Jassy’s selection as Bezos’s replacement as CEO suggests the cloud business is the new core of Amazon. “While consumer e-commerce is a big market, B2B is an even bigger prize. Picking a leader who is driving their main enterprise offering may indicate the future of Amazon is in fact selling more to businesses than consumers. In general, a much bigger prize in the long run,” said Gartner analyst Allen Bonde.

The top job won’t come without significant challenges, however. Amazon is facing a growing slew of antitrust fights on multiple continents, stiff competition from old foes Microsoft and Alphabet, and ongoing scrutiny of its working conditions, especially for low-paid drivers and fulfilment centre staff. On the same day as Bezos announced he was stepping down, Amazon settled a $62 million case with independent drivers over withheld tip payments.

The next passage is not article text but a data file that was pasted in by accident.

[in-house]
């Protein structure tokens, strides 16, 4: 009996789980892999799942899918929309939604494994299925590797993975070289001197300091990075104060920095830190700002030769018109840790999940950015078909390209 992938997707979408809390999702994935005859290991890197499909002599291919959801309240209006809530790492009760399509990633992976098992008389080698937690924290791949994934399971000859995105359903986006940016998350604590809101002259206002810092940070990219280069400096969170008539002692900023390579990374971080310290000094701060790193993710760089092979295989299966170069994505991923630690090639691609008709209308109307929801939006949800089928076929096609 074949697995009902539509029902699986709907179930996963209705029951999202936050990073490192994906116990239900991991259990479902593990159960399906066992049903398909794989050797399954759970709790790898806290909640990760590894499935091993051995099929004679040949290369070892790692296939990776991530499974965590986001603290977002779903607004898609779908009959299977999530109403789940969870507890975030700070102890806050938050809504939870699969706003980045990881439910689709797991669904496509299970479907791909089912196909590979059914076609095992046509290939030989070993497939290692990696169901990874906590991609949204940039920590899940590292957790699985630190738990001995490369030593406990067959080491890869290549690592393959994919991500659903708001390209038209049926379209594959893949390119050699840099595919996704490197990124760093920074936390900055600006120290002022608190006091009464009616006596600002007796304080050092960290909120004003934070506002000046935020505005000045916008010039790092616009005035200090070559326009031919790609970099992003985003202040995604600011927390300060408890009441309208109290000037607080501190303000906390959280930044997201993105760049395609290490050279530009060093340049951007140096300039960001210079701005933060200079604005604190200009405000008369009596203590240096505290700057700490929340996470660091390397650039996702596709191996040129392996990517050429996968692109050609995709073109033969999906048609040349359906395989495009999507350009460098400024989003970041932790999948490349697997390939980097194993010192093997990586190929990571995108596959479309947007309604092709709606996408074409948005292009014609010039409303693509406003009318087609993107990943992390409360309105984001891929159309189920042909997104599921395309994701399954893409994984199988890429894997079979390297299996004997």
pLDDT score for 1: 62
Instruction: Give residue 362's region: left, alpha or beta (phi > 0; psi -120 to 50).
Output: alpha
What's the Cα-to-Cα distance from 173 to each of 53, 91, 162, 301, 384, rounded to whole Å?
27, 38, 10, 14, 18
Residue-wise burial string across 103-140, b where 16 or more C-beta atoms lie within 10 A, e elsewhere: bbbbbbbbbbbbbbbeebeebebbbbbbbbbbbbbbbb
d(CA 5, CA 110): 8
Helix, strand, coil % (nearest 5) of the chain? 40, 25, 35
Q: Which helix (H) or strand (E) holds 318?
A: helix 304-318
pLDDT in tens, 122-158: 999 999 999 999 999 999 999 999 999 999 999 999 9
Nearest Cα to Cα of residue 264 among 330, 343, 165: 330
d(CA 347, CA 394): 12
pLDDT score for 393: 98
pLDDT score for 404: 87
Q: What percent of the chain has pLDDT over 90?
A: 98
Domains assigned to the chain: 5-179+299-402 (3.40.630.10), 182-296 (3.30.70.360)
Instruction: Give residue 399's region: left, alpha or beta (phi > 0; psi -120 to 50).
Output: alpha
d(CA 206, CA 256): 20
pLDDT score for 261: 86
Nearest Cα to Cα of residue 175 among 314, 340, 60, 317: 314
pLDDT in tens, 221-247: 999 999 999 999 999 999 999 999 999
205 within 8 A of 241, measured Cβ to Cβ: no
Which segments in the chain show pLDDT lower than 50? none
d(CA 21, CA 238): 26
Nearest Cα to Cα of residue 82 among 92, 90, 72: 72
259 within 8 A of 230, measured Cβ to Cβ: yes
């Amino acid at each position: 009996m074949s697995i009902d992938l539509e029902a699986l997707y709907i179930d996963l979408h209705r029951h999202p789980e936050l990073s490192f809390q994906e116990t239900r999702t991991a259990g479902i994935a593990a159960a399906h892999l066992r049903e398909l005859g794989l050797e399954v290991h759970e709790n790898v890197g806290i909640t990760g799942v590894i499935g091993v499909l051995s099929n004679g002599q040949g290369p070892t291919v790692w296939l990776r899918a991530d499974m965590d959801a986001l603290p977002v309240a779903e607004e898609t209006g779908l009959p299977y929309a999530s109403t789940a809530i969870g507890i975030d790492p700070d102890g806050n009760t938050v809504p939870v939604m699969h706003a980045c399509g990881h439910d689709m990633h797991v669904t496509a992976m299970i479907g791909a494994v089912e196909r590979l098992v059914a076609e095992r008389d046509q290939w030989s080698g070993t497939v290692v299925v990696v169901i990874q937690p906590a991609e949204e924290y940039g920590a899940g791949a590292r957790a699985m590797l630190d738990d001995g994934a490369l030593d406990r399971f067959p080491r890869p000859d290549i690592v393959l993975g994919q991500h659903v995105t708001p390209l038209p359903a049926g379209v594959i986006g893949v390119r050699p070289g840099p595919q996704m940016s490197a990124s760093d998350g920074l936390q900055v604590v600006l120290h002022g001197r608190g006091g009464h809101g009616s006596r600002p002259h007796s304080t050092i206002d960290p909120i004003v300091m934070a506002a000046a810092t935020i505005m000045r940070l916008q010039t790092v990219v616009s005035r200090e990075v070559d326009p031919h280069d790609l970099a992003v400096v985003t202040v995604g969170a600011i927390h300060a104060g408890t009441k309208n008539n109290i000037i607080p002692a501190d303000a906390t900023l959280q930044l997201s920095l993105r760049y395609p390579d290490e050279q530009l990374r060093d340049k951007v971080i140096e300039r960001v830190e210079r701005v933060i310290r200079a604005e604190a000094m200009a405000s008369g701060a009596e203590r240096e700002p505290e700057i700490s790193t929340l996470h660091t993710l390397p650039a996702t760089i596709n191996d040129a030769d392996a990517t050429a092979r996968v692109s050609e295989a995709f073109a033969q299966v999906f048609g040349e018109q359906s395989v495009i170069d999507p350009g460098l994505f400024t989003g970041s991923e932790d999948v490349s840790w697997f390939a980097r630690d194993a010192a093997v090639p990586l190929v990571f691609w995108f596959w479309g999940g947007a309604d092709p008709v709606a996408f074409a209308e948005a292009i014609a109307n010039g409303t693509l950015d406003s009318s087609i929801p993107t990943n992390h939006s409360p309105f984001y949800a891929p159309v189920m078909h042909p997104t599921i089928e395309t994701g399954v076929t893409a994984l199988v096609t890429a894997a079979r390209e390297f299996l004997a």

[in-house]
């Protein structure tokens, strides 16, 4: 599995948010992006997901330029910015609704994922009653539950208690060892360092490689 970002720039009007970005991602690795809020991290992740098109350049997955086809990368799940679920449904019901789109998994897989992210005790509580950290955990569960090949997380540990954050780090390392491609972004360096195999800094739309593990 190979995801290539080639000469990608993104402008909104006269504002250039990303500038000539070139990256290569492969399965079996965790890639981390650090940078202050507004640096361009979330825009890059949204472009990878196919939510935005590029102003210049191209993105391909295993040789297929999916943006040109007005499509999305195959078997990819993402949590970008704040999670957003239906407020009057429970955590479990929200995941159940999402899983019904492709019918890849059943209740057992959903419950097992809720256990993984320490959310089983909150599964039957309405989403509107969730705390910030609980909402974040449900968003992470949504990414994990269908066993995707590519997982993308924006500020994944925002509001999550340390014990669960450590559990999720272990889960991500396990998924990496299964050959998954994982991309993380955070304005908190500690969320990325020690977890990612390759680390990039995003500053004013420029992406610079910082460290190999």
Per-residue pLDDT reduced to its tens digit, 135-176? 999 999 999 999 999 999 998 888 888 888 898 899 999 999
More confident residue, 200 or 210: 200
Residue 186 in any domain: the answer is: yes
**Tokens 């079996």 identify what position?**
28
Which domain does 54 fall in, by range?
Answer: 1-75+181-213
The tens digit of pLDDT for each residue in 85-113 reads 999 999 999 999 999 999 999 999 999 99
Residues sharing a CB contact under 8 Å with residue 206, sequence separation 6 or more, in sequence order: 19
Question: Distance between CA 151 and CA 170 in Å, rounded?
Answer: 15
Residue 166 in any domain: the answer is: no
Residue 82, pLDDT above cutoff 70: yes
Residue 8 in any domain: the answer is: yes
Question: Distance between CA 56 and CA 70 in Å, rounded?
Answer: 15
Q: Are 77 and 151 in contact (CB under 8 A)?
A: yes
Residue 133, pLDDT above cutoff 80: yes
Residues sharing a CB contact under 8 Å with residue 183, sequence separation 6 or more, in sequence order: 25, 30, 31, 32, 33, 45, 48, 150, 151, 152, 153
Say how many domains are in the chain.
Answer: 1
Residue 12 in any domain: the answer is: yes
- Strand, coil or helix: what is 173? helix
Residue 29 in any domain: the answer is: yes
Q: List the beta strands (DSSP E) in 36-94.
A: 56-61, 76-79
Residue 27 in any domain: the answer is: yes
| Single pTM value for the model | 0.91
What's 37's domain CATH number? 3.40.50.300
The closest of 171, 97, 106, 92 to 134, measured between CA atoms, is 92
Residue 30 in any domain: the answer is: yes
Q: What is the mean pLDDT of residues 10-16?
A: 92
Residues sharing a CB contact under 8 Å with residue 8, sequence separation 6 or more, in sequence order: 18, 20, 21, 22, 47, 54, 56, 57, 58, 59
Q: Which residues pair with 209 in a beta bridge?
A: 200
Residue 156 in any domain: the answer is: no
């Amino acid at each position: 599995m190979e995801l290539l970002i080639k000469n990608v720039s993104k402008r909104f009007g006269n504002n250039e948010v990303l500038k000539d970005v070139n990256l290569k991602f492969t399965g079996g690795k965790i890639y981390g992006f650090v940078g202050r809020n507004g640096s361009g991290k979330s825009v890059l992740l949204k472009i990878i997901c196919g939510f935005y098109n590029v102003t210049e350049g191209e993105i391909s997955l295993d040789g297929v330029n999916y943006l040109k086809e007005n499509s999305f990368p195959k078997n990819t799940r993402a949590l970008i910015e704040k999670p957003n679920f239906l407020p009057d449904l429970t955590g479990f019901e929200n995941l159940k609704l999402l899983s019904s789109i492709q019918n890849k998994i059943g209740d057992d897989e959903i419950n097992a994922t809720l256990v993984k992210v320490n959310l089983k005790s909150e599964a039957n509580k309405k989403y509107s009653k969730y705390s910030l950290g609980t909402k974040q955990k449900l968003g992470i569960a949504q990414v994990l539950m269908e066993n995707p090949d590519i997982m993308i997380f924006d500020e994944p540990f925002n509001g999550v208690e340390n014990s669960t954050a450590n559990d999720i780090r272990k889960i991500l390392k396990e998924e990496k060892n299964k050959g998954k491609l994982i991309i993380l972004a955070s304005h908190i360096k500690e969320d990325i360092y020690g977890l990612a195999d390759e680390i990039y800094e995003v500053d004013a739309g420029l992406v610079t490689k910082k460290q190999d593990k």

“The key question will be how Jassy manages some of the inevitable bumps in the road Amazon will face with issues like antitrust, workers’ rights, and employee activism on this rise,” said Nick McQuire, vice president of enterprise research at CCS Insight. “He has proven to be very outspoken on broader political issues in the past and he will face increasing media scrutiny as the firm continues on its trajectory.”

Who will take over from Jassy as AWS CEO?

“A far bigger question than who succeeds Bezos is who succeeds Jassy,” said Forrester analyst Paul Miller. “There are strong internal options, but Amazon might take this chance to bring in fresh ideas from outside the company. Either way, both AWS and Amazon are in a good place, allowing the new CEOs to build on sound foundations while also bringing their own fresh perspectives to their roles.”